Since the 1970 oil embargo, industry has had 25 years to develop and design alternative transportation, alternative cars, etc. Zilch. We float men in space but can't take a train to Denver. We clone life and buy gas guzzlers.
But what does Georgie care? He's an imposster.
Where does Barley really stand?
To the Editor:
As an 18-year resident of District 3 and president of the Broadmoor Bluff's Homeowners Association, I have worked with several Council representatives over the years. Recently, I received one of Ms. Barley's campaign brochures in the mail. Much of the negative information it contains is misleading -- if not outright false.
In our neighborhood, Ms. Barley has consistently voted for variances to existing zoning plans. Her recent vote to rezone major portions of a 33-acre plot from residential to commercial will significantly increase both the density and grid lock that our residents already encounter at the intersection of Farthing and Broadmoor Bluffs Drive.
Ms. Barley's campaign literature stresses that she: "Voted to preserve and protect existing neighborhoods." If so, it must have been someone else's neighborhood. It wasn't the one we live in.
My vote is for Sallie Clark -- she knows what it takes to preserve our neighborhoods!
-- Fred H. Wisely
Road would have negative impact
To the Editor:
The Pikes Peak Group of Sierra Club, with 1,300 members in the Pikes Peak region, has serious concerns about the proposal to extend Milam Road through El Paso County's Black Forest Regional Park. Our ongoing review shows numerous negative impacts to wildlife habitat, recreation, public safety, and environmental quality would result to the park should the proposed road be built. There is also the imminent potential that Black Forest Regional Park, or a portion thereof, might revert to federal ownership, if any alteration takes place in the purpose for which the park's lands were transferred from the United States to the county.
The Pikes Peak Group has been active in supporting Black Forest Regional Park. When the El Paso County Commission wanted to stop lease payments to the U.S. Forest Service (USFS) for the park in the 1990s, we, along with many others, spoke out successfully in opposition. When the land transfer between the USFS and the county occurred in 1999, we supported this transaction as a positive step in assuring the permanent well-being of the park lands, not just for the people of Black Forest, but also for those of the entire region. In this agreement, the USFS exchanged land with El Paso County to the benefit of both partners. El Paso County also purchased additional land from the USFS and these combined parcels became the county-owned park we know today.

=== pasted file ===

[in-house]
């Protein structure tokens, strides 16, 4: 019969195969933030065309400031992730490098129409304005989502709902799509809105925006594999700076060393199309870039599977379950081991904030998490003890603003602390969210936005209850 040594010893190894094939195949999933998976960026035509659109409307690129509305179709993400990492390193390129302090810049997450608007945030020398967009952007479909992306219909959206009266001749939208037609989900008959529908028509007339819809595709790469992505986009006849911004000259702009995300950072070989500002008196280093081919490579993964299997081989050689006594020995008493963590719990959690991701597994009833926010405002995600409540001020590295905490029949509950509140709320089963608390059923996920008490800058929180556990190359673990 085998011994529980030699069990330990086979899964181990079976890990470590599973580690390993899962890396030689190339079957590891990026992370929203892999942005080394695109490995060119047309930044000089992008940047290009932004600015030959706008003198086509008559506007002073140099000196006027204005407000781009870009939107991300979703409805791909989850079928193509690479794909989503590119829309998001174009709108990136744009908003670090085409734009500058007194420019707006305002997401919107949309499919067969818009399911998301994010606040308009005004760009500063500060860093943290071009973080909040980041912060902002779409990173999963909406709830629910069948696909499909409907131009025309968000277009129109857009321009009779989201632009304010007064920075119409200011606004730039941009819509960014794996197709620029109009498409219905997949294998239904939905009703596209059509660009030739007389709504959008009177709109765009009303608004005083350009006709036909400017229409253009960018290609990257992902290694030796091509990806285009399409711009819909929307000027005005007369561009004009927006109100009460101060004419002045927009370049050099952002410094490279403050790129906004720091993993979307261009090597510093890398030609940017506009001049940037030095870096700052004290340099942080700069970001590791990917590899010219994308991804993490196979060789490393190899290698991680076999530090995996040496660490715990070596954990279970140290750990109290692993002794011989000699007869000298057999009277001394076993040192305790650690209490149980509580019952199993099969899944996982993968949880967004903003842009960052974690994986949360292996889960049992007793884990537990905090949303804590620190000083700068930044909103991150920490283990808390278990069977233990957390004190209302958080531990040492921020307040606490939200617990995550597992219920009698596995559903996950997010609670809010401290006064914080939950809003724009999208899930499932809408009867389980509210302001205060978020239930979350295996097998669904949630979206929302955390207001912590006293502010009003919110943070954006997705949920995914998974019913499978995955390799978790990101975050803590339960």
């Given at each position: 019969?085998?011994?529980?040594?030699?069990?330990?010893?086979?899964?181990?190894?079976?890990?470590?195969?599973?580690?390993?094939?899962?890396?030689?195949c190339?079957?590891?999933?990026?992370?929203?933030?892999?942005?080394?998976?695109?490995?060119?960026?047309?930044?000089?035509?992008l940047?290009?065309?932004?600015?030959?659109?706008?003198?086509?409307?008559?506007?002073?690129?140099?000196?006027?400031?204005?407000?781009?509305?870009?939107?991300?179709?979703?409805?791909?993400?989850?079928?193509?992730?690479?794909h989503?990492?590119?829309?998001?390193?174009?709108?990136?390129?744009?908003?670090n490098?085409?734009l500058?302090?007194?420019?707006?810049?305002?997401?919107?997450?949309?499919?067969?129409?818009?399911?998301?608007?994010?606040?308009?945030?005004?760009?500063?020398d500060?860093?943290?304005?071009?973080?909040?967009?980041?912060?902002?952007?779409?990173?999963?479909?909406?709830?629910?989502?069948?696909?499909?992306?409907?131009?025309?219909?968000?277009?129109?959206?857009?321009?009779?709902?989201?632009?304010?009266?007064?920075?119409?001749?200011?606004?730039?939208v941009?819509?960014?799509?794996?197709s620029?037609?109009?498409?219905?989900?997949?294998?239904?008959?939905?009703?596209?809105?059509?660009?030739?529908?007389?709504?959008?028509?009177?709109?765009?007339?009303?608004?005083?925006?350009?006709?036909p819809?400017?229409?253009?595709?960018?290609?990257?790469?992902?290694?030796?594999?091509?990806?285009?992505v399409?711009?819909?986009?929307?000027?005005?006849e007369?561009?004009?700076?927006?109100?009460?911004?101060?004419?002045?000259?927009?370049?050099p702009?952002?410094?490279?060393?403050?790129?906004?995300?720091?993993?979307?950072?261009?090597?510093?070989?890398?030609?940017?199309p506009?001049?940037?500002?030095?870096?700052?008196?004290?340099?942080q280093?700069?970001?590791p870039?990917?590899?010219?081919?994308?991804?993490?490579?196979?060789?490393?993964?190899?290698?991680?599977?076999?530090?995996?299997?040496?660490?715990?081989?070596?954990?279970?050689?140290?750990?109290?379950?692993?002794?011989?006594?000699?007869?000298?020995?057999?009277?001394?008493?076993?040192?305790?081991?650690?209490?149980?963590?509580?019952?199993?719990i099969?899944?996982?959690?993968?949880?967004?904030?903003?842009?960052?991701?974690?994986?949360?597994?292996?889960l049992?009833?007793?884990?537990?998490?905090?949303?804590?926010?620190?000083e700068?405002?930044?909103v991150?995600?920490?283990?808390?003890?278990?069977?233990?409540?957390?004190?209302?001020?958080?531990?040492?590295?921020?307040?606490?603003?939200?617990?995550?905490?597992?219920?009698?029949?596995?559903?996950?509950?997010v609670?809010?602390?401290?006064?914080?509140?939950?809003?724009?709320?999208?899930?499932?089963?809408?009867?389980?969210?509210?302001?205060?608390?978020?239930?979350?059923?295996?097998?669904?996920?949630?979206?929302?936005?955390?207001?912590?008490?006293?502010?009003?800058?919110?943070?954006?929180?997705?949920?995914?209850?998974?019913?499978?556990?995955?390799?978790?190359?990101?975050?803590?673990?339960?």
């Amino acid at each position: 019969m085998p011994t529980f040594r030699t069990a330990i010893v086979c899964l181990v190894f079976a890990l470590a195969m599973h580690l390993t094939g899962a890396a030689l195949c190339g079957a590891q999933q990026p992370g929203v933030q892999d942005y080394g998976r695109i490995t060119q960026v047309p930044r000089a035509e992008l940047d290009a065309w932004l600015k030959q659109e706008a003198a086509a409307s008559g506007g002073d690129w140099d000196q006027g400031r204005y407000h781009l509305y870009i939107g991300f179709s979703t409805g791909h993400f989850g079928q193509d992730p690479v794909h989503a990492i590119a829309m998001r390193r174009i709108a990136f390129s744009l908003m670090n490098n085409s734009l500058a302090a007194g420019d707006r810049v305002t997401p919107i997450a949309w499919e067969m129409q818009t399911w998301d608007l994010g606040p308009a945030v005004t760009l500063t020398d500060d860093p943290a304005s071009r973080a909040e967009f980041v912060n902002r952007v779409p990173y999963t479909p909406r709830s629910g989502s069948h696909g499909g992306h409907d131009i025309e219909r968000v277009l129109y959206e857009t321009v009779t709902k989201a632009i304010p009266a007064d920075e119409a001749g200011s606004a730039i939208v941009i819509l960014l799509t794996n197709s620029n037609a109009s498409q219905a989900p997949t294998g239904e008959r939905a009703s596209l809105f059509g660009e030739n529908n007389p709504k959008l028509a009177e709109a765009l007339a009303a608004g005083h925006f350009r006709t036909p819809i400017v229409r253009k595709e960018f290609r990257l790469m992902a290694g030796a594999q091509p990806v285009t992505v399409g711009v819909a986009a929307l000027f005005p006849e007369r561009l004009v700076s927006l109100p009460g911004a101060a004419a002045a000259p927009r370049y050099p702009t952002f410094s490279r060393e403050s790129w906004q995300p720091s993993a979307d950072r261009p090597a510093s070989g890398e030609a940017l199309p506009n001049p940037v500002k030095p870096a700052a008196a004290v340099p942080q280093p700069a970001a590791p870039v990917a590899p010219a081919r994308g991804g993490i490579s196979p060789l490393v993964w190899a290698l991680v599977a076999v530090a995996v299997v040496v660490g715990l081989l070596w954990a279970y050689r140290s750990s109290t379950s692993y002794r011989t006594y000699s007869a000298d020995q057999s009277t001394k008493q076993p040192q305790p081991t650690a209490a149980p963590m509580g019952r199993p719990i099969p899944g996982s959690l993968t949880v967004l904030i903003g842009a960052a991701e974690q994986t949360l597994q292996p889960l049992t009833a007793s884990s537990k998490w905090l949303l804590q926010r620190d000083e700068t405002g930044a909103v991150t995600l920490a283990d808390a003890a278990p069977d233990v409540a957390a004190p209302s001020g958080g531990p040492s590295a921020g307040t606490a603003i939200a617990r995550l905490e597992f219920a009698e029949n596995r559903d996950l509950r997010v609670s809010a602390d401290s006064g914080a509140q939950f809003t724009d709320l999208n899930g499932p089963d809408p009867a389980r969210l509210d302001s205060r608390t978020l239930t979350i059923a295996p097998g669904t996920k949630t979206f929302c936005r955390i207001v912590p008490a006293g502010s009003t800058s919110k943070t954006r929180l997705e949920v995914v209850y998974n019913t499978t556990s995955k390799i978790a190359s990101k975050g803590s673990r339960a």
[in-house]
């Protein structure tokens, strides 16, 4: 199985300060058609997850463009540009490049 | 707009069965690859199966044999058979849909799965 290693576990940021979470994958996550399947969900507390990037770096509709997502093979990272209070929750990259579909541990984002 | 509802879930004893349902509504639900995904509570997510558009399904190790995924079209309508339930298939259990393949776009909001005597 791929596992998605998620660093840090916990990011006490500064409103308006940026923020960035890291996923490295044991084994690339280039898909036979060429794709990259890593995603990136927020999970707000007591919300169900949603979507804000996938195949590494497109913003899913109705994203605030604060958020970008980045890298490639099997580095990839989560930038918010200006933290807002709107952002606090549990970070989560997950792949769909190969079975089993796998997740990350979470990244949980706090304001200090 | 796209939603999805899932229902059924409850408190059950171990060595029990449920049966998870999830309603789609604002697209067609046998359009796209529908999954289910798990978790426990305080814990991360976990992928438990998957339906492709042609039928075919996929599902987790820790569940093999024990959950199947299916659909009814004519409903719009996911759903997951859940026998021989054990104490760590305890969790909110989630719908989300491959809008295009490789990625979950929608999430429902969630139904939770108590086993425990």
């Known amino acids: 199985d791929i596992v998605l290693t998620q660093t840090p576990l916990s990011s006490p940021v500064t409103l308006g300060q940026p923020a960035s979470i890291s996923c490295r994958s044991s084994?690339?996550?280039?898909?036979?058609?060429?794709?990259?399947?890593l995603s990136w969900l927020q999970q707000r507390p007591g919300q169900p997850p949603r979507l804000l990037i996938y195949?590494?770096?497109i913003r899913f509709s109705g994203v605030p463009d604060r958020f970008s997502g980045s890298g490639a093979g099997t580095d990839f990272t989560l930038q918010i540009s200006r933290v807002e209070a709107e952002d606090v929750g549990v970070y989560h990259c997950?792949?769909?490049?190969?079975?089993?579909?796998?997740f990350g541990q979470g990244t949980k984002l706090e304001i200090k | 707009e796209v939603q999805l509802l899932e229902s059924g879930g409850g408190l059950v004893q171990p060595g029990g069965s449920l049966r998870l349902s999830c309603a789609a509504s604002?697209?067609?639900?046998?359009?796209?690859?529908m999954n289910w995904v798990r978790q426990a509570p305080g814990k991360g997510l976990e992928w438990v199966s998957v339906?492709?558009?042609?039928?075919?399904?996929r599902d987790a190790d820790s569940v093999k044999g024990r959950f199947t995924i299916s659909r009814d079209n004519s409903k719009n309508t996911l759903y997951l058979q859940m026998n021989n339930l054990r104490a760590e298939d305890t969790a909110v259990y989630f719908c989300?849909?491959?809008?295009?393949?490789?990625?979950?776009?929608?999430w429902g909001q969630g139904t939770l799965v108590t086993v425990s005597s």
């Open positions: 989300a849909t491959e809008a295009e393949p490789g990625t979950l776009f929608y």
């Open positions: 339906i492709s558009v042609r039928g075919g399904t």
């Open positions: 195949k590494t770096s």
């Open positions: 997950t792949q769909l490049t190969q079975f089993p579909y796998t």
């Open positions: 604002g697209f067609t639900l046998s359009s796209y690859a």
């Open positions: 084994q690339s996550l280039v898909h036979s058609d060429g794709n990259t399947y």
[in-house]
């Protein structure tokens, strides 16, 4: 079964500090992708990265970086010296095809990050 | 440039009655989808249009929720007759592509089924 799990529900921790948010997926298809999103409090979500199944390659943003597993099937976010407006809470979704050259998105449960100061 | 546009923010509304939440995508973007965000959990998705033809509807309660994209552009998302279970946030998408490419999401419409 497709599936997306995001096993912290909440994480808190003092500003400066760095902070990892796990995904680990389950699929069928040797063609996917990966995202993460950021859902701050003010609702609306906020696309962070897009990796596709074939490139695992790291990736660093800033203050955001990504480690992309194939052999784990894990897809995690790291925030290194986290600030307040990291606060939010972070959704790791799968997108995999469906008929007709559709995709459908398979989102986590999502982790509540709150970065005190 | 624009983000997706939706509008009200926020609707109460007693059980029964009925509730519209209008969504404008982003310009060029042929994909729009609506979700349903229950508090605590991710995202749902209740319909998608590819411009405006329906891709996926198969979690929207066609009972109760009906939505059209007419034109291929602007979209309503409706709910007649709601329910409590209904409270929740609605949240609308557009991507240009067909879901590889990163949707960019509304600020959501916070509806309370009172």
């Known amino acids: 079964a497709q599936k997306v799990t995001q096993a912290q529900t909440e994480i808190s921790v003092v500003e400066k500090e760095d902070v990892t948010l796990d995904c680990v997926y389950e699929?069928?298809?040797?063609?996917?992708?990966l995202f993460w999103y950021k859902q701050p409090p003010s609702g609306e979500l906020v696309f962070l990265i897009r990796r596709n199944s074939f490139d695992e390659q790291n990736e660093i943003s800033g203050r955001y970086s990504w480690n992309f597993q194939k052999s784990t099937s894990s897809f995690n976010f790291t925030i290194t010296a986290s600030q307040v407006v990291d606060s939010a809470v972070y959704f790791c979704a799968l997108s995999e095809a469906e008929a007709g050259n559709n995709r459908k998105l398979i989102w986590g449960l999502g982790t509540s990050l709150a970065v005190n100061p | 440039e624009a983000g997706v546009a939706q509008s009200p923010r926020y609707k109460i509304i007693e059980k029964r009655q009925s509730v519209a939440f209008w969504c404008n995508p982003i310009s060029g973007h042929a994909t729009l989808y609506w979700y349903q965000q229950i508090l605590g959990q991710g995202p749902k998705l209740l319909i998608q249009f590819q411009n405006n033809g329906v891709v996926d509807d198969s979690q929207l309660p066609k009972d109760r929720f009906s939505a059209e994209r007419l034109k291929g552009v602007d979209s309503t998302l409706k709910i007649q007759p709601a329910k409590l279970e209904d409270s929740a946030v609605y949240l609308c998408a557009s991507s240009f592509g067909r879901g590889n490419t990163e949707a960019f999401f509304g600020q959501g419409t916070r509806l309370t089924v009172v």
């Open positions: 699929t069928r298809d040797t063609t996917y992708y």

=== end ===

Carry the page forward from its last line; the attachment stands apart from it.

At the time of the land transfer agreement in 1999, there was some opposition to the exchange from some individuals fearing that the land might wind up in non-park development if the USFS no longer managed it. William R Nelson, district ranger of the Pikes Peak Ranger District of the Pike National Forest, responding to citizens' concerns in a letter dated Jan. 5, 1999, stated: "Your inquiry expressed concerns relating to the future land use as a regional park. Our understanding is that El Paso County will continue to manage the land as a regional park. Additionally, under the Sisk Act, (which provides authorization to the Forest Service to exchange land with a county government) lands conveyed to El Paso County may be used only for the purposes for which they were being used prior to conveyance."
The Sierra Club was quite confident that non-park development was an impossibility at the time of transfer. We were wrong. Little did we know what could happen regardless of the legal protections guaranteed in this agreement. Establishing a high-speed road through the entirety of the park for the convenience of a proposed subdivision, Cathedral Pines, would destroy the inherent beauty and detract from recreational value of the land and is not, we feel, in accordance with the purposes for which the land was transferred. A strong possibility exists that some of Black Forest Regional Park could revert to federal ownership. Such a chaotic situation would diminish the value of any potential new park lands dedicated by the new subdivision. A bird in the hand, at this time, is worth two in the bush.
The extension of Milam Road through Black Forest Regional Park would continue the trend of degrading county parks begun when the recent extension of Baptist Road severely degraded Fox Run Regional Park. As such, this is more than a legal, environmental, or public safety issue. It is a question of public trust in the sustainable management of the county park system.
-- John Stansfield
Pikes Peak Group of Sierra Club